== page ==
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Money and Buddhism: Philosophy Series

"What we are today comes from our thoughts of yesterday, and our present thoughts build our life of tomorrow."


-Buddha

I'm sitting on my couch meditating with a little help from an app on my phone. I've learned how to focus my attention on an object of meditation like my breath. Now I'm starting to learn more open awareness techniques. During my meditation training, I've learned a lot about Buddhism. I learned that Buddhism focuses on relieving pain and suffering, as well as separating ourselves from our ego. I learned it has a lot in common with Stoicism and its focus on how we interpret the world around us. Like many other philosophies of life, Buddhism proposes a drive towards contentment and serenity.


There's a lot we can learn from Buddhism in our financial lives, including how to be less reactive in the face of financial issues and how to be more mindful of our financial lives.

Life is Hard


There's no doubt about it; life is going to be hard. There will always be stress, setbacks, problems, and other things that need to be solved. You might think of this as the human condition. Buddhists would say we ought to seek to minimize suffering for ourselves and others.


One of the strongest ways to reduce suffering is to detach from the pursuit of happiness.

Attachments and Unhappiness


A lot of our unhappiness, Buddhists say, is caused by our attachment to outside things. They would say that the pursuit of happiness is itself a cause of unhappiness. There's an old saying that you can't become happy; you can only be happy.


Buddhists believe that the self is an illusion. If we can separate ourselves from our ego, then we start to realize that nothing is personal; it just is. This is the foundation of happiness, or the alleviation of suffering.

Pain Versus Suffering


Buddhists make a distinction between pain and suffering. Pain is an inevitable part of life. This is inescapable. Suffering, on the other hand, is caused by us.


This idea is often told through a metaphor about two arrows. Pain is what happens when we get hit by an arrow. This will happen and is part of that human condition. If we dwell on the pain, then we are inviting a second arrow to strike us. Whereas we can't avoid the first arrow, our own thoughts and interpretations of events can prevent being struck by the second arrow.


Mindfulness and Meditation


Mindfulness meditation is a form of meditation where you practice being more mindful. It's about paying close attention to the contents of consciousness. This includes your breath, which is often the starting point when you first start meditating. It also includes focusing on all bodily sensations, sounds, sights, thoughts, feelings, emotions, and anything else that can arise in consciousness. Mindfulness meditation is training in increasing awareness about what is happening without judgment and without trying to change it. It's about breaking the spell of being lost in thought - or thinking without knowing you are thinking.


Becoming more mindful enables us to respond to things rather than react.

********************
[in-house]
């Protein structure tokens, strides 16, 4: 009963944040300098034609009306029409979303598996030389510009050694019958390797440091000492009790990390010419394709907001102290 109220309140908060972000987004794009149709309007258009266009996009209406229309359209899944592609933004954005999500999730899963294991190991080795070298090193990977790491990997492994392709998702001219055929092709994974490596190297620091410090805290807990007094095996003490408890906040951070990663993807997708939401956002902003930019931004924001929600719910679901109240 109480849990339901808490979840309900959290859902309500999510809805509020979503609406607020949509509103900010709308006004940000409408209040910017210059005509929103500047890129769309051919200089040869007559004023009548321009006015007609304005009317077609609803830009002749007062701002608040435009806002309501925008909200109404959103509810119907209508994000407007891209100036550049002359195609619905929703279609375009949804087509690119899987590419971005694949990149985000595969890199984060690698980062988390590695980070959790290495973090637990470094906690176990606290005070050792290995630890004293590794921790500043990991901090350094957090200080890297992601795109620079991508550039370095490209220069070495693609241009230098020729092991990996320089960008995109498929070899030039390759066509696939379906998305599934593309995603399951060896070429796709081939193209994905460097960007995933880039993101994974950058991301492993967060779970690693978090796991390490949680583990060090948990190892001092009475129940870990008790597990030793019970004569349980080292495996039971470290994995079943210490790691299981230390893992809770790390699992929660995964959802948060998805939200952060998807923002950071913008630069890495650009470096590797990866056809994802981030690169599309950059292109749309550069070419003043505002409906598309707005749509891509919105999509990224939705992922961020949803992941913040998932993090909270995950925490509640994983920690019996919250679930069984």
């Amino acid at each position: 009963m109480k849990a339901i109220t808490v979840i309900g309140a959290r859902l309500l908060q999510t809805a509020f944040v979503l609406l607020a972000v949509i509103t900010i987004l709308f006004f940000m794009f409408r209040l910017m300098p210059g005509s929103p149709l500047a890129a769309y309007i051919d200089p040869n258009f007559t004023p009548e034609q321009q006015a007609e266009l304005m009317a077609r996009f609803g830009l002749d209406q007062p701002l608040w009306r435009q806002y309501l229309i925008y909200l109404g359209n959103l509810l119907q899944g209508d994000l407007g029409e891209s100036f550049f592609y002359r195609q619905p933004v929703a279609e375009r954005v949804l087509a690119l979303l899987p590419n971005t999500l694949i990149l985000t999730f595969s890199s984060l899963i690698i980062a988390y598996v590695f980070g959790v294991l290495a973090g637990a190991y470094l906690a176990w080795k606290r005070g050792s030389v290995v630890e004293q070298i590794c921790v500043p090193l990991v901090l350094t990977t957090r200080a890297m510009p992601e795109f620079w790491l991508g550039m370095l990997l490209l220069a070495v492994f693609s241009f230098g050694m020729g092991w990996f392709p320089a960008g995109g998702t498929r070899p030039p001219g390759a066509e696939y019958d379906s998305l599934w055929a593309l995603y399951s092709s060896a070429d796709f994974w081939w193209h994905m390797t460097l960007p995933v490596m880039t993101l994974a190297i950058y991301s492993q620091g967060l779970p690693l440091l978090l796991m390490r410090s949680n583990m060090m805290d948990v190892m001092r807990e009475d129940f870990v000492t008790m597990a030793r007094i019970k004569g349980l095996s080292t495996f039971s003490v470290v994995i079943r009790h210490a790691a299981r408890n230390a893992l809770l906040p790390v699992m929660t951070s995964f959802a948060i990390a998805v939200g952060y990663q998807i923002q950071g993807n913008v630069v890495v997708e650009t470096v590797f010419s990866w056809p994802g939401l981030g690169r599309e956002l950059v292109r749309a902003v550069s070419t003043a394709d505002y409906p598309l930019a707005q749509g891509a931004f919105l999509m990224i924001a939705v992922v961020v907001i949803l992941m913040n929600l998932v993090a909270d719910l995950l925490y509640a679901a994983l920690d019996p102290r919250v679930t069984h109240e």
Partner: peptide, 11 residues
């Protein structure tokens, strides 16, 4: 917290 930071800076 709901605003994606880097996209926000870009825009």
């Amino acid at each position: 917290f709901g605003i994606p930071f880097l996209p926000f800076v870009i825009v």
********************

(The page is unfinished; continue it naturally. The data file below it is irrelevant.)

Choose Your Responses


Many people sleepwalk through life, floating from circumstance to circumstance. They are effectively reacting to whatever life gives them. When we spend our time reacting, we are more likely to react in a way that is harmful to ourselves, to others, and to our relationships. With mindfulness, we can learn to increase the space between the stimulus, or whatever is happening to us, and our actions. By doing so, we get to choose our response. Choosing a response allows us to reply or respond in a more productive way. It helps us live a more intentional life.

Buddhism and its focus on the human condition, how we interpret events, and mindfulness, can help us live a more healthy financial life. Having financial surprises is part of life. There will always be unexpected expenses. There will always be issues at work. Money impacts every area of our lives, and there's no escaping it. Money is stressful, and one of the most stressful areas of people's lives. Learning to accept that money is stressful, becoming more aware of how we feel about what is happening to us financially, and responding in productive ways helps prevent us from making big financial mistakes. Additionally, increasing our awareness around our spending prevents us from spending mindlessly.


You only have one life. Live intentionally.



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Related Money Health® Reading
References and Influences

Haidt, Jonathan: The Happiness Hypothesis

Hanson, Rick & Forrest Hanson: Resilient

Hanson, Rick & Richard Mendius: Buddha's Brain

Harris, Sam: Waking Up

Kabat-Zinn, Jon: Wherever You Go, There You Are

Kinder, George: Transforming Suffering into Wisdom

Macaro, Antonia: More Than Happiness

Manson, Mark: Why I Am Not a Stoic

Pigliucci, Massimo, Skye Cleary, & Daniel Kaufman: How to Live a Good Life

Scott, SJ & Barrie Davenport: 10-Minute Mindfulness

Scott, SJ & Barrie Davenport: Declutter Your Mind


Note: Above is a list of references that I intentionally looked at while writing this post. It is not meant to be a definitive list of everything that influenced by thinking and writing. It's very likely that I left something out. If you notice something that you think I left out, please let me know; I will be happy to update the list.




Financial Therapist on Money and Buddhism



I am a financial therapist and financial behavior specialist. Money Health is a blog and newsletter about personal finance and its relationship to psychology, philosophy, and mindfulness.

You can learn more about me here.

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